From Dress-up to Drag

By Maureen Walsh


Monique Jenkinson, aka Fauxnique, exudes the demeanor of both a fabulous diva and a humble girl-next-door–at once imagining performance as spectacle and sparkle beyond the norm, while methodically crafting personal, intimate artistic studies, displaying the pretty things she holds dear.

As one of the 2012 Irvine Fellows at the de Young museum in San Francisco, Jenkinson is half way through a full year of performance curation and creative cultivation within the walls of that institution. In late April she curated an event held at the de Young; it was an thrilling iteration of their Friday Nights series, brimming with multiple performers, lavish costumes, and a brilliant opportunity for art enthusiasts of all ages to engage with the current Gautier exhibit in an enlivened way.

Jenkinson’s work is picturesque yet intellectually layered, it’s feminine and self-aware, it’s fun, full, flirty, and aesthetically cohesive. To preview the second half of her year at the de Young, and also her participation in this September’s Dance Discourse Project, I chatted with Jenkinson about her unique performance aesthetic, her trajectory as an artist, and how she sees her work contextualized in a visual art based institution.

MW: What sparked this Fellowship and opportunity at the de Young?
MJ: In 2007 they approached me because they needed some fun people to perform at this new Friday nights thing they were then starting. [They] asked me to do something when the Vivian Westwood exhibit opened. I’ve done a handful of pieces since then that have been performed at the Friday nights. Over these couple of years it’s been more than just doing this fun thing for a party, but more me coming in and looking at the work and making work that reflects the visual art work that’s there.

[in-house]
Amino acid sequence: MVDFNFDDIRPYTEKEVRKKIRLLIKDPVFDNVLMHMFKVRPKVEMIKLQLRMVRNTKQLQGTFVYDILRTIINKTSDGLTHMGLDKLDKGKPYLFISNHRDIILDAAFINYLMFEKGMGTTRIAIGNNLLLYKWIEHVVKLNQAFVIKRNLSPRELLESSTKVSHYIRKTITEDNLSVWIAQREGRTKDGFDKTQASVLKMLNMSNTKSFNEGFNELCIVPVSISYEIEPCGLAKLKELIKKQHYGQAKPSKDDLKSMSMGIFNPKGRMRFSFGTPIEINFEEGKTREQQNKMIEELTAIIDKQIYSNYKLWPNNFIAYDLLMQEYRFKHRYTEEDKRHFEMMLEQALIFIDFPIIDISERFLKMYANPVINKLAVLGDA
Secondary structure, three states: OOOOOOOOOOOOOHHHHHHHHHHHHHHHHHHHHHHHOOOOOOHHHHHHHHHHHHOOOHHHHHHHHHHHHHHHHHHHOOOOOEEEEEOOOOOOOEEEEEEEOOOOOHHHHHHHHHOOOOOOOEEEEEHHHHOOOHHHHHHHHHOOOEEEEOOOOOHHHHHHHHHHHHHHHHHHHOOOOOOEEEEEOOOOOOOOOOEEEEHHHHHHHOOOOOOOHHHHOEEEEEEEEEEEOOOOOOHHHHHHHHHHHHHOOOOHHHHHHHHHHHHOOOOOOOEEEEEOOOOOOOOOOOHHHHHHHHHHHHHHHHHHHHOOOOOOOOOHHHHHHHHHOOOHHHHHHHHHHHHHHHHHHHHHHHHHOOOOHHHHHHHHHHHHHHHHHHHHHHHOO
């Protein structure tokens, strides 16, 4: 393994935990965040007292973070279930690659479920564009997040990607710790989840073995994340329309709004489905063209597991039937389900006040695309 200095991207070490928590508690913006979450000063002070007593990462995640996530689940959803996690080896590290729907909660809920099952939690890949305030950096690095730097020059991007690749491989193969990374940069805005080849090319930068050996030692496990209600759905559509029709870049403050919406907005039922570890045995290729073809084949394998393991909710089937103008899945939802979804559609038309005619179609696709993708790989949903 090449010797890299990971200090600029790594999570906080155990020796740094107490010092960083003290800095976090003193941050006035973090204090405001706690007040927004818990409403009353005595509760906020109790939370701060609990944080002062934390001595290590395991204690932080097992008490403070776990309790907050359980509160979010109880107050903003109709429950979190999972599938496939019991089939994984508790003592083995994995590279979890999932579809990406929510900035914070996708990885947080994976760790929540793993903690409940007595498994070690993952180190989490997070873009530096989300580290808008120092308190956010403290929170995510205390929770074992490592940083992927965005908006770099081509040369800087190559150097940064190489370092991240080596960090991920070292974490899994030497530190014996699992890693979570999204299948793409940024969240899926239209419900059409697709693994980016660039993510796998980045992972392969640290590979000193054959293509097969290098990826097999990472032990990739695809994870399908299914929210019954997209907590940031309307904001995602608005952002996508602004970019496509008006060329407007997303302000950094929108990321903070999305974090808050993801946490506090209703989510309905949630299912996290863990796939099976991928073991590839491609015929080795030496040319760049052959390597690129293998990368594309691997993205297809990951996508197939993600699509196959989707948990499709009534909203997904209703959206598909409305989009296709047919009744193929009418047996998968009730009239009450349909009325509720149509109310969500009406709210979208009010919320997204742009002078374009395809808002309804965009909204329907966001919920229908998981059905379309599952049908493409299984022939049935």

MW: What will the rest of 2012 look like, being at the de Young?
MJ: The fellowship lasts for a year and part of it has included a couple of residency periods in their Kimball Education gallery. I was there for the last 2 weeks of February working on this piece that I just made, or that I feel like I just started to make. And I’m excited that now that I’m past the April event, I can now just go in and spend a little more time in the space in this context of visual art. There are a few videos I’ve been wanting to make. I also realized that even though this fellowship has given me money to realize some projects I want to make happen, it didn’t magically give me more time. I think in September I will take a leave of absence from a few things and just focus and work there and only there.
With all the costumes, makeup, luxury, and over the top visual elements, it seems that it fits really well in a visual art museum.
It’s funny. I think of dance as a visual art–well, it’s a lot of things, dance. I think for some people maybe it isn’t visual, for some there’s an attempt to evoke a [she gestures from the heart outward, takes a deep breath in and slowly out] sen-sa-ti-o-n-al thing. For me the visual has always been important.
I think in a way it’s my reaction against some of my training. My early training was in ballet and then I trained in contemporary/modern at Bennington College, which confronted and dismantled the ballet aesthetic. For me it was ultimately satisfying to come back, to see dance as a visual art, rather than pull it apart and reconstruct it. My strengths are in the visual, as a performer. So there’s this play between the visual art and dance has always been interesting to contextualize my work, and I can’t wait to keep exploring that in the museum in this way.